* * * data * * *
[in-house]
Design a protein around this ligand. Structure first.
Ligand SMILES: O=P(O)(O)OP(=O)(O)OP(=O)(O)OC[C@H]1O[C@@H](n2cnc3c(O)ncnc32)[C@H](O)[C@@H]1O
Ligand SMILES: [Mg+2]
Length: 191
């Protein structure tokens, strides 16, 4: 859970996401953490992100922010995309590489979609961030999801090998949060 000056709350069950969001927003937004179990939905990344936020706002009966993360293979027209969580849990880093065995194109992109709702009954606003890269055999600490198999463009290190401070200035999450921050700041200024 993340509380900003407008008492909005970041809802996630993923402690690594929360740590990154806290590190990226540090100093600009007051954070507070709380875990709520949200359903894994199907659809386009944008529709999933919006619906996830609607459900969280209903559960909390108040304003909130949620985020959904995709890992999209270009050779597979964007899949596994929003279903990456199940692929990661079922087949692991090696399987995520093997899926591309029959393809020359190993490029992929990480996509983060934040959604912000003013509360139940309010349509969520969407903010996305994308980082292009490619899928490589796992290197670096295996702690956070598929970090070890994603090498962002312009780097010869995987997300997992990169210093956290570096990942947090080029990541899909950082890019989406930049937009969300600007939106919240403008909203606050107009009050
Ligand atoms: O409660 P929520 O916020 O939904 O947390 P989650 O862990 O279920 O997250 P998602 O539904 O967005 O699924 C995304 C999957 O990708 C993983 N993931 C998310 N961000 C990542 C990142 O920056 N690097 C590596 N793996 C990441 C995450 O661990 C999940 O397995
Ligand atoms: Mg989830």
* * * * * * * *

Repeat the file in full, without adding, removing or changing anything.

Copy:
[in-house]
Design a protein around this ligand. Structure first.
Ligand SMILES: O=P(O)(O)OP(=O)(O)OP(=O)(O)OC[C@H]1O[C@@H](n2cnc3c(O)ncnc32)[C@H](O)[C@@H]1O
Ligand SMILES: [Mg+2]
Length: 191
């Protein structure tokens, strides 16, 4: 859970996401953490992100922010995309590489979609961030999801090998949060 000056709350069950969001927003937004179990939905990344936020706002009966993360293979027209969580849990880093065995194109992109709702009954606003890269055999600490198999463009290190401070200035999450921050700041200024 993340509380900003407008008492909005970041809802996630993923402690690594929360740590990154806290590190990226540090100093600009007051954070507070709380875990709520949200359903894994199907659809386009944008529709999933919006619906996830609607459900969280209903559960909390108040304003909130949620985020959904995709890992999209270009050779597979964007899949596994929003279903990456199940692929990661079922087949692991090696399987995520093997899926591309029959393809020359190993490029992929990480996509983060934040959604912000003013509360139940309010349509969520969407903010996305994308980082292009490619899928490589796992290197670096295996702690956070598929970090070890994603090498962002312009780097010869995987997300997992990169210093956290570096990942947090080029990541899909950082890019989406930049937009969300600007939106919240403008909203606050107009009050
Ligand atoms: O409660 P929520 O916020 O939904 O947390 P989650 O862990 O279920 O997250 P998602 O539904 O967005 O699924 C995304 C999957 O990708 C993983 N993931 C998310 N961000 C990542 C990142 O920056 N690097 C590596 N793996 C990441 C995450 O661990 C999940 O397995
Ligand atoms: Mg989830």